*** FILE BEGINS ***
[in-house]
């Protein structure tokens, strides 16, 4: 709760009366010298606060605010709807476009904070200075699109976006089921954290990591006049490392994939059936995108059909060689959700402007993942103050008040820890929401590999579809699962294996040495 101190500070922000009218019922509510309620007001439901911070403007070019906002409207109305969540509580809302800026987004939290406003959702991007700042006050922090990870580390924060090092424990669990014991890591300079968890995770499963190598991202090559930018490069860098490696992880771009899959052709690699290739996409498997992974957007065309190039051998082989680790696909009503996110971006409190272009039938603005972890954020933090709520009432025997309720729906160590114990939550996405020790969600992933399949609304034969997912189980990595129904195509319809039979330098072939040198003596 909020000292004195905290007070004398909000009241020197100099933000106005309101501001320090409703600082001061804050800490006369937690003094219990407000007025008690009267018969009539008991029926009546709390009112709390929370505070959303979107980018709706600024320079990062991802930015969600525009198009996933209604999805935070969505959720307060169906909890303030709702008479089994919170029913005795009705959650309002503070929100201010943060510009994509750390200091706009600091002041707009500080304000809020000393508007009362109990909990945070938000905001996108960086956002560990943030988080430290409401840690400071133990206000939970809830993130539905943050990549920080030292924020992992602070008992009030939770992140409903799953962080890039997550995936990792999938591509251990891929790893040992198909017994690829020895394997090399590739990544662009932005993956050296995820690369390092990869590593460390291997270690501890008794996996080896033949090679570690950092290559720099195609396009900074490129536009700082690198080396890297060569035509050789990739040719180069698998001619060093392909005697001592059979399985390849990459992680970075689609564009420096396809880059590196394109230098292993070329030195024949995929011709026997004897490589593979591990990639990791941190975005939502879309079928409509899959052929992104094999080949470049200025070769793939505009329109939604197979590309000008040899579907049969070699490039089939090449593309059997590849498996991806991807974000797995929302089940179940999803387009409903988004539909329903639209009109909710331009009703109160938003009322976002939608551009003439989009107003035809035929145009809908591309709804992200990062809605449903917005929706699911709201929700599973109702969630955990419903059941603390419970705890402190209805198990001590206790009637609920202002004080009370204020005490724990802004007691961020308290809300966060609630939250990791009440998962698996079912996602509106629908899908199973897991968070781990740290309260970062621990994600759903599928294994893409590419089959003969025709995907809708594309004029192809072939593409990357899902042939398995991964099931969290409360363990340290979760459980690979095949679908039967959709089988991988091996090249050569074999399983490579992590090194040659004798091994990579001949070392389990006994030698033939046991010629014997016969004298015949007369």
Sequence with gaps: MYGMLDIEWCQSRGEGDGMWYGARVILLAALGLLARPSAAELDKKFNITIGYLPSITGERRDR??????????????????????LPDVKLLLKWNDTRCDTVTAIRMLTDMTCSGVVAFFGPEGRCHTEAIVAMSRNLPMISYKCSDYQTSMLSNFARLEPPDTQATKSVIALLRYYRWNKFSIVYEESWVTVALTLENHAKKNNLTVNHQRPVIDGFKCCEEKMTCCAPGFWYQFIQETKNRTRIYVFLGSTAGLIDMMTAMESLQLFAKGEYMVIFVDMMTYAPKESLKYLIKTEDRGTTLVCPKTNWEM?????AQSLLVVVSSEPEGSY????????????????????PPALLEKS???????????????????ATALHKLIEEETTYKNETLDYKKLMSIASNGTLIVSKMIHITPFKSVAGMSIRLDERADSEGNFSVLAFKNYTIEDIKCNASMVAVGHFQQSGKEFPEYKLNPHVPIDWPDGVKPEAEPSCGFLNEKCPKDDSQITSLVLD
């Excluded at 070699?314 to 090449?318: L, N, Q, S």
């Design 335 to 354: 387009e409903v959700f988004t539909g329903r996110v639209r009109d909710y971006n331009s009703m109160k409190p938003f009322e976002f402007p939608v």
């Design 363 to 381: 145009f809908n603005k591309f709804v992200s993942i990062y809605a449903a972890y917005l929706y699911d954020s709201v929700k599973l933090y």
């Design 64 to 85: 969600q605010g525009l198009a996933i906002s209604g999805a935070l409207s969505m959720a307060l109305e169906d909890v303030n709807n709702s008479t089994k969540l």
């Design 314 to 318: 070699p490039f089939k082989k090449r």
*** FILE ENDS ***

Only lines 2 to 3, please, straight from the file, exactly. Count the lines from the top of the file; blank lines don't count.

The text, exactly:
């Protein structure tokens, strides 16, 4: 709760009366010298606060605010709807476009904070200075699109976006089921954290990591006049490392994939059936995108059909060689959700402007993942103050008040820890929401590999579809699962294996040495 101190500070922000009218019922509510309620007001439901911070403007070019906002409207109305969540509580809302800026987004939290406003959702991007700042006050922090990870580390924060090092424990669990014991890591300079968890995770499963190598991202090559930018490069860098490696992880771009899959052709690699290739996409498997992974957007065309190039051998082989680790696909009503996110971006409190272009039938603005972890954020933090709520009432025997309720729906160590114990939550996405020790969600992933399949609304034969997912189980990595129904195509319809039979330098072939040198003596 909020000292004195905290007070004398909000009241020197100099933000106005309101501001320090409703600082001061804050800490006369937690003094219990407000007025008690009267018969009539008991029926009546709390009112709390929370505070959303979107980018709706600024320079990062991802930015969600525009198009996933209604999805935070969505959720307060169906909890303030709702008479089994919170029913005795009705959650309002503070929100201010943060510009994509750390200091706009600091002041707009500080304000809020000393508007009362109990909990945070938000905001996108960086956002560990943030988080430290409401840690400071133990206000939970809830993130539905943050990549920080030292924020992992602070008992009030939770992140409903799953962080890039997550995936990792999938591509251990891929790893040992198909017994690829020895394997090399590739990544662009932005993956050296995820690369390092990869590593460390291997270690501890008794996996080896033949090679570690950092290559720099195609396009900074490129536009700082690198080396890297060569035509050789990739040719180069698998001619060093392909005697001592059979399985390849990459992680970075689609564009420096396809880059590196394109230098292993070329030195024949995929011709026997004897490589593979591990990639990791941190975005939502879309079928409509899959052929992104094999080949470049200025070769793939505009329109939604197979590309000008040899579907049969070699490039089939090449593309059997590849498996991806991807974000797995929302089940179940999803387009409903988004539909329903639209009109909710331009009703109160938003009322976002939608551009003439989009107003035809035929145009809908591309709804992200990062809605449903917005929706699911709201929700599973109702969630955990419903059941603390419970705890402190209805198990001590206790009637609920202002004080009370204020005490724990802004007691961020308290809300966060609630939250990791009440998962698996079912996602509106629908899908199973897991968070781990740290309260970062621990994600759903599928294994893409590419089959003969025709995907809708594309004029192809072939593409990357899902042939398995991964099931969290409360363990340290979760459980690979095949679908039967959709089988991988091996090249050569074999399983490579992590090194040659004798091994990579001949070392389990006994030698033939046991010629014997016969004298015949007369």
Sequence with gaps: MYGMLDIEWCQSRGEGDGMWYGARVILLAALGLLARPSAAELDKKFNITIGYLPSITGERRDR??????????????????????LPDVKLLLKWNDTRCDTVTAIRMLTDMTCSGVVAFFGPEGRCHTEAIVAMSRNLPMISYKCSDYQTSMLSNFARLEPPDTQATKSVIALLRYYRWNKFSIVYEESWVTVALTLENHAKKNNLTVNHQRPVIDGFKCCEEKMTCCAPGFWYQFIQETKNRTRIYVFLGSTAGLIDMMTAMESLQLFAKGEYMVIFVDMMTYAPKESLKYLIKTEDRGTTLVCPKTNWEM?????AQSLLVVVSSEPEGSY????????????????????PPALLEKS???????????????????ATALHKLIEEETTYKNETLDYKKLMSIASNGTLIVSKMIHITPFKSVAGMSIRLDERADSEGNFSVLAFKNYTIEDIKCNASMVAVGHFQQSGKEFPEYKLNPHVPIDWPDGVKPEAEPSCGFLNEKCPKDDSQITSLVLD